The Irish Post’s Mal Rogers travels to Puglia, the rustic heel of Italy’s boot…
PUGLIA, pronounced ‘Poolia’ but in reality the Italian region of Apulia, is the heel on Italy’s boot. On a map it looks like the end of the line, but for centuries this was a stepping-stone to the Holy Land.
Medieval Crusaders would stop off here while their enemies, folk like the Saracens, would try to stop them reaching omni-coveted Jerusalem. Thank goodness that’s all sorted out.
Puglia became the staging post for those great uninvited guests of the ancient world: Greeks, Phoenicians, Cretans, Normans, the Angevins. They all fetched up here, on the way to somewhere else. The region became, in effect, a staging post; the Didcot of the Mediterranean.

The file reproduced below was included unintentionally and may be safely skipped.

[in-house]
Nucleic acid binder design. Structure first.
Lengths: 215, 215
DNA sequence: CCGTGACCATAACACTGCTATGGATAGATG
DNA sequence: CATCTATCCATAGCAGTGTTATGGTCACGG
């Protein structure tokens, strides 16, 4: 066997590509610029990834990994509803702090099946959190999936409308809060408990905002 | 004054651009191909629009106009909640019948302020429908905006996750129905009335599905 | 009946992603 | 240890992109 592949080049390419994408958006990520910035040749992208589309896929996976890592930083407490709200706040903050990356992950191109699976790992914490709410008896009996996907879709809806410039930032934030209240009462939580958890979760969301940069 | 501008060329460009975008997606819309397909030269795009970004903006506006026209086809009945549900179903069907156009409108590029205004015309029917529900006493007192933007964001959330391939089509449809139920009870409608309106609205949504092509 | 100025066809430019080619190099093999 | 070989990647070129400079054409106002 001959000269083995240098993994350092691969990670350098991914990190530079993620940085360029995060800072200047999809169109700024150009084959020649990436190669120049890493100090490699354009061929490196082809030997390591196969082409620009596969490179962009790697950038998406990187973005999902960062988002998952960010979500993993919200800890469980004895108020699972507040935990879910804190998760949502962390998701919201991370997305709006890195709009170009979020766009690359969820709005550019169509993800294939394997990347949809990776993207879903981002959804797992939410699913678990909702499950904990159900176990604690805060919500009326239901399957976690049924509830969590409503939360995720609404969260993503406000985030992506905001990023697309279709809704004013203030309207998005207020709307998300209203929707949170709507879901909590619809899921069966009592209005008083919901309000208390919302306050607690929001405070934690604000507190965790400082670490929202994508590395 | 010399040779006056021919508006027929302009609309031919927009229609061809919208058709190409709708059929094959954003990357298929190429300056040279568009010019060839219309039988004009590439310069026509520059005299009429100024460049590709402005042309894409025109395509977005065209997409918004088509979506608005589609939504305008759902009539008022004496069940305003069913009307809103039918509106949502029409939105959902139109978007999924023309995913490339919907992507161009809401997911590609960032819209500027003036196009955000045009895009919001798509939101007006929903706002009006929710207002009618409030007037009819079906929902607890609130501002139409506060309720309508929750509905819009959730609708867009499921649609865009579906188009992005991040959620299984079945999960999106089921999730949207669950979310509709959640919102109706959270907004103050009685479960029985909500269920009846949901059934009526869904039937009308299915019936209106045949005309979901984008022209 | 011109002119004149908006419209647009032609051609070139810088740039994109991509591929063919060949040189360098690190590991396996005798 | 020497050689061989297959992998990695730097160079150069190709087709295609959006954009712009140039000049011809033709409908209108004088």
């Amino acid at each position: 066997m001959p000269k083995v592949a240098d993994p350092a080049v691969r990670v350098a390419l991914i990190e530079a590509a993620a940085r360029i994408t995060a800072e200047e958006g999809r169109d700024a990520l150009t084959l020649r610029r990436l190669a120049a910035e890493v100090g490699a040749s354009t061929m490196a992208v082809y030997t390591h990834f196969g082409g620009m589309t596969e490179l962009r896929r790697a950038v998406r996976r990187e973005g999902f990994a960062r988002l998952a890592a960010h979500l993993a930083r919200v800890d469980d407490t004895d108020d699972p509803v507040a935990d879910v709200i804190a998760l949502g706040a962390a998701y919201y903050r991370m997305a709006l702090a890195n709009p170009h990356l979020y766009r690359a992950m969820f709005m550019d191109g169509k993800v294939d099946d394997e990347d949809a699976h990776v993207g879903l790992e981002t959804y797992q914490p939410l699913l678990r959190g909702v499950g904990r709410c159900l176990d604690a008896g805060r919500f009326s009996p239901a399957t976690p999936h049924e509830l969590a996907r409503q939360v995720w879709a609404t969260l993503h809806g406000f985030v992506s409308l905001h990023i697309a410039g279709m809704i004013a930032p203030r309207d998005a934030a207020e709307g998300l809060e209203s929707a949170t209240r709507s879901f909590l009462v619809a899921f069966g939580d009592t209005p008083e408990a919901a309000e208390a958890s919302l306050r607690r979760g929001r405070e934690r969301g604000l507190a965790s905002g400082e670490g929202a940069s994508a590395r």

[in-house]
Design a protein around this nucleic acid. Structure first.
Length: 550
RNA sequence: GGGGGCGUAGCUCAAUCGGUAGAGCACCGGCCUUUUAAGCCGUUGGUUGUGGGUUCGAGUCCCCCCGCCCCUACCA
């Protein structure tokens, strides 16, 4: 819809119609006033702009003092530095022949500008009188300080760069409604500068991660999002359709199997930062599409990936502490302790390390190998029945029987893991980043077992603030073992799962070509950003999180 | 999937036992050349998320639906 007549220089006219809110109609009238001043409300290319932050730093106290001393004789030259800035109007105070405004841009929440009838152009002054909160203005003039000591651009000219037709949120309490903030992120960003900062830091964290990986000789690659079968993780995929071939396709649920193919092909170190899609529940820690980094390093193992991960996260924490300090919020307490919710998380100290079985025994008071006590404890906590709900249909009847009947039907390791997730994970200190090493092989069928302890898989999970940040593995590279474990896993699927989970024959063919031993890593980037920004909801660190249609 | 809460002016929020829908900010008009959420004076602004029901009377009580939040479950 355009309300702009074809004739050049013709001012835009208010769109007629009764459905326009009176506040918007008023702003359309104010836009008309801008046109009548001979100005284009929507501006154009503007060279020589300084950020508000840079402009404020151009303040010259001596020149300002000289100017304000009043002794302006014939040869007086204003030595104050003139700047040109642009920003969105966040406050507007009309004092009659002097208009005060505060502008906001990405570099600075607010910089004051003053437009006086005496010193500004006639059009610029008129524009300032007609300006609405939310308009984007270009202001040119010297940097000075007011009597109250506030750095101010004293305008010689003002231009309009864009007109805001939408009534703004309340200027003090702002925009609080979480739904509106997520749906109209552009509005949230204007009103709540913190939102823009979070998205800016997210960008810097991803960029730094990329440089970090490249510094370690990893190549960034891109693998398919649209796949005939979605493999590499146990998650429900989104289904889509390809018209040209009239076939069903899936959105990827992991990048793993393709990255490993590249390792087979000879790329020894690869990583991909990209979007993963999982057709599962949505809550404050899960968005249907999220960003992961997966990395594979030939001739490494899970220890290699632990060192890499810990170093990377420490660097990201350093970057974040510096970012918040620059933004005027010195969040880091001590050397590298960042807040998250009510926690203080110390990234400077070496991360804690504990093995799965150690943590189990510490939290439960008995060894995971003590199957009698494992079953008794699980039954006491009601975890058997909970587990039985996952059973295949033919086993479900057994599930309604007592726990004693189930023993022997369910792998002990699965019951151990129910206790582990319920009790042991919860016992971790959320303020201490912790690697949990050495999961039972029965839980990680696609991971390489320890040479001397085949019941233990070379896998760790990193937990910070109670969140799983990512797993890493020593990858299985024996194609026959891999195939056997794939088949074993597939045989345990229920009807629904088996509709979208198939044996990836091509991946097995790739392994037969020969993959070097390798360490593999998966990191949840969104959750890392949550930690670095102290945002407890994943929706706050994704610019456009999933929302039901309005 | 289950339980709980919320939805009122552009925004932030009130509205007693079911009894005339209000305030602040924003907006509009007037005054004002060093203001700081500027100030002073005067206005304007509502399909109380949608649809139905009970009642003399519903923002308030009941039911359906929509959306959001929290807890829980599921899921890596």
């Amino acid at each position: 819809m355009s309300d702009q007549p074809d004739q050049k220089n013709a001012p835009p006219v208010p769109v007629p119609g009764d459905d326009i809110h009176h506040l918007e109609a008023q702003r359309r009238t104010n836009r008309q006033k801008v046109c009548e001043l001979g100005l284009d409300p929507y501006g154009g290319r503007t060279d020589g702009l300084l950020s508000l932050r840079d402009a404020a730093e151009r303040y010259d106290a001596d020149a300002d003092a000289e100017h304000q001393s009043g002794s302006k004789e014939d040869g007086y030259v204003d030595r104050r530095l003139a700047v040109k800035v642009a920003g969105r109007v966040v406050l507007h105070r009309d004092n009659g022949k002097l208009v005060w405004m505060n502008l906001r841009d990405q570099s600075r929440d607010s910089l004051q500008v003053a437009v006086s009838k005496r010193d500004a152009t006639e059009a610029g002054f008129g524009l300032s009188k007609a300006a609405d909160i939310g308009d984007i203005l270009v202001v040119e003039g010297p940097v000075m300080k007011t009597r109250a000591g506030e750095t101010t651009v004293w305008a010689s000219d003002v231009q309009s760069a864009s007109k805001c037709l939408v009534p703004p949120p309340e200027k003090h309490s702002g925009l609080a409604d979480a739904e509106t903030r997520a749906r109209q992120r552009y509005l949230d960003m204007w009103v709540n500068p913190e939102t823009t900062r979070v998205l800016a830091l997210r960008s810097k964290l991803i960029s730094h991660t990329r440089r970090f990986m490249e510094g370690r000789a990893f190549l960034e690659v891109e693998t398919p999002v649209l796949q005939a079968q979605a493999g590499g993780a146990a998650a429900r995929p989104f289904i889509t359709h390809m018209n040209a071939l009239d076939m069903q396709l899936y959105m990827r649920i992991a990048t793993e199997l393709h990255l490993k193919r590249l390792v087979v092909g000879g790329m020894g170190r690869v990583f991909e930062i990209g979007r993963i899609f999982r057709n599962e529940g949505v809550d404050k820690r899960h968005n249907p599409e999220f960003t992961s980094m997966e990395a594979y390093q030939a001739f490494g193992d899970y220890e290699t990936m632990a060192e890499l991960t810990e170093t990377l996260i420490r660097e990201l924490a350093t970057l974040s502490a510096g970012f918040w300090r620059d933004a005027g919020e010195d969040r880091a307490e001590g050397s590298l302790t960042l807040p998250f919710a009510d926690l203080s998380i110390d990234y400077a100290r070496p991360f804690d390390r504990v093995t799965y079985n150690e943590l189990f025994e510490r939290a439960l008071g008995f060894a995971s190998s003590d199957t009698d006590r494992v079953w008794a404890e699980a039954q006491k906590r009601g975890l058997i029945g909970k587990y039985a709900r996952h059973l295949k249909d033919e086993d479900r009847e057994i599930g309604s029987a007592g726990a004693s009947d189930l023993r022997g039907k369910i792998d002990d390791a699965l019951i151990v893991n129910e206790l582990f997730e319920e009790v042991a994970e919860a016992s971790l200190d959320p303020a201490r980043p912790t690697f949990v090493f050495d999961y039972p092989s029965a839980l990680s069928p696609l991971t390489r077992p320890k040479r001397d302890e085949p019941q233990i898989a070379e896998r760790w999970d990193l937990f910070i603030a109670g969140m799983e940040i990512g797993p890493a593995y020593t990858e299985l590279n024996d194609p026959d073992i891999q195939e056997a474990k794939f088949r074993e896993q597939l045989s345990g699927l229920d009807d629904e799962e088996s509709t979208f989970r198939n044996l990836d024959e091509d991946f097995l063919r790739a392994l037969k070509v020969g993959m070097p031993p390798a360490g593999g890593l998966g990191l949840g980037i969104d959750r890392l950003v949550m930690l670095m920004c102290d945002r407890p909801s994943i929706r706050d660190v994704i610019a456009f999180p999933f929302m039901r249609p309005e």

But now Puglia’s stand-alone charms are being recognised in their own right. Its medieval towns and cities are, by and large, still run on behalf of the locals and not the tourists, immediately giving them that hard to pin down quality, charm. Many, such as Locorotondo or Martina Franca with their bonkers baroque architecture, could be contenders for the title of most beautiful town in Italy.
The coastline is beguiling, and quite gentle — apart from the medieval watchtowers. Beaches which stretch to the southern tip of the region are lined with long strands of talc-fine sand. The weather is perfect for beach holidays — occasionally a sirocco from north…
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